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Three men charged after largest-ever seizure of ephedrine

Three men charged after largest-ever seizure of ephedrine in joint Police & Customs investigation"


A joint Customs and Police investigation has resulted in the largest-ever seizure of ephedrine in New Zealand, which had the potential to make up to $150 million of meth.

In late April, two hundred kilos of ephedrine was stopped by Customs at the border, when officers identified a suspicious consignment of eighty boxes of paper sent from China.

A cavity had been made inside many of the boxes and within the stacks of paper to hide the ephedrine.

A subsequent joint operation has today resulted in the arrest of three people in relation to the importation.

Officers from the Police Organised Crime team in Auckland have today carried out 9 search warrants at residential addresses across the city, including Hillsborough, Ponsonby, central Auckland, Mt Roskill and Flat Bush.

Police have arrested and charged three men, aged 31, 34 and 32 years old.

They will remain in custody overnight and appear tomorrow morning in the Auckland District Court, on the following charges;

-Importation of class B controlled drug (ephedrine)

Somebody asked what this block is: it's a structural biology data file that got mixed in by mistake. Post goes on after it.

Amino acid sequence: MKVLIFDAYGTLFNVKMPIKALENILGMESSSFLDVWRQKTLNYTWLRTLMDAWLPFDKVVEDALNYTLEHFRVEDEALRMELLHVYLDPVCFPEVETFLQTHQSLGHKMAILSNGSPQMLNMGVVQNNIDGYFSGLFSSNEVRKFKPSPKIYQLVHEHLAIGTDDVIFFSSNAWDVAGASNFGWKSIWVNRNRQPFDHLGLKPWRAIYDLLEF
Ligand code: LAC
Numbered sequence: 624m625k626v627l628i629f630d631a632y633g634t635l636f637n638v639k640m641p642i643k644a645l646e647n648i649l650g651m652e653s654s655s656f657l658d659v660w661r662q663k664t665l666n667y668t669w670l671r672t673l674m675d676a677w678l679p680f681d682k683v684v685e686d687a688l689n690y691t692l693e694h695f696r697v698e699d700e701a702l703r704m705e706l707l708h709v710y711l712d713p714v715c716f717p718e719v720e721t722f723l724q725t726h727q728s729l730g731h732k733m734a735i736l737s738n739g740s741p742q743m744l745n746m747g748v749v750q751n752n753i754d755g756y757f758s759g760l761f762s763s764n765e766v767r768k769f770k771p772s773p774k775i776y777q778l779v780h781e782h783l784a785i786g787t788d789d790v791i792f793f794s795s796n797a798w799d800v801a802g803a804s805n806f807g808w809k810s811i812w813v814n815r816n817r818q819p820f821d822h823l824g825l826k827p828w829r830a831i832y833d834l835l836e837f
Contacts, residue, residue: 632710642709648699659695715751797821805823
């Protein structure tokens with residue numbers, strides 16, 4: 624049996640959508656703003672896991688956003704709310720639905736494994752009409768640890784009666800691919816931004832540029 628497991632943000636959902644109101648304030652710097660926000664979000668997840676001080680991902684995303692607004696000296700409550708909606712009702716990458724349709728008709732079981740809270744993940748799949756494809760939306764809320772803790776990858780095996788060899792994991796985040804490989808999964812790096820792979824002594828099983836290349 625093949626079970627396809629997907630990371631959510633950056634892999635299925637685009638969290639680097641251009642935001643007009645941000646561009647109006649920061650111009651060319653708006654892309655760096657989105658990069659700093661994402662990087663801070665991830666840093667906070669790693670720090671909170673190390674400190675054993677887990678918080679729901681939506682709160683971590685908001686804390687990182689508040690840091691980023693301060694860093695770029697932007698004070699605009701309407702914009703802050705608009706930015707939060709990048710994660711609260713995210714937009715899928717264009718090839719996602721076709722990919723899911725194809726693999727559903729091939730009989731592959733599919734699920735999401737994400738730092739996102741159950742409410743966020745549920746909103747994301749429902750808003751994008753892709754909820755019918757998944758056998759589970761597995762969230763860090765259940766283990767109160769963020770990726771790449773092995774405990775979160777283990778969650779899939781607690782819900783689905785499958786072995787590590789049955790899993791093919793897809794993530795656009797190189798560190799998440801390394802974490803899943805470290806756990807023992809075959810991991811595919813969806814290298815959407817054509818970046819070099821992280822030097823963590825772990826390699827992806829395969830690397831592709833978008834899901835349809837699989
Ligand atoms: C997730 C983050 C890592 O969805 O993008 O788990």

-Possession of a class B drug for supply

Each charge is punishable by up to 14 years imprisonment.

Ephedrine is a key ingredient used to make methamphetamine.

Previously, the largest seizure of ephedrine in New Zealand was around 95 kilos, which was found concealed in toys in October 2015.

“The 200 kilos of ephedrine had the potential to be used to make around 150 kilos of meth, with a street value of $150 million.

The public is increasingly familiar with the harm that this drug causes, and so to have stopped this importation from eventually making its way into the community is very significant,” says Detective Inspector Scott Beard, Organised Crime Auckland.

“Though this is a great seizure and the circumstances seem like something out of a movie, the reality is there are families out there who are being destroyed by meth, kids who are growing up in contaminated homes and innocent people who are victims of serious crime as a result of this drug.

It is a truly awful drug and today is a great demonstration of law enforcement working together to target drug trafficking into our country” says Det Inspector Scott Beard.

Customs Acting Investigations Manager Dominic Adams says Customs has an intelligence-led approach to risk management at the border and this seizure demonstrates that the sophisticated systems that are in place are working well.

“We’ll continue to partner with Police and enforcement agencies overseas to prevent criminal syndicates targeting New Zealand and causing significant harm to our communities” says Mr Adams.

Police and Customs are urging anyone who is affected by methamphetamine to seek help and call the Alcohol and Drug Helpline on 0800 787 797.

ENDS

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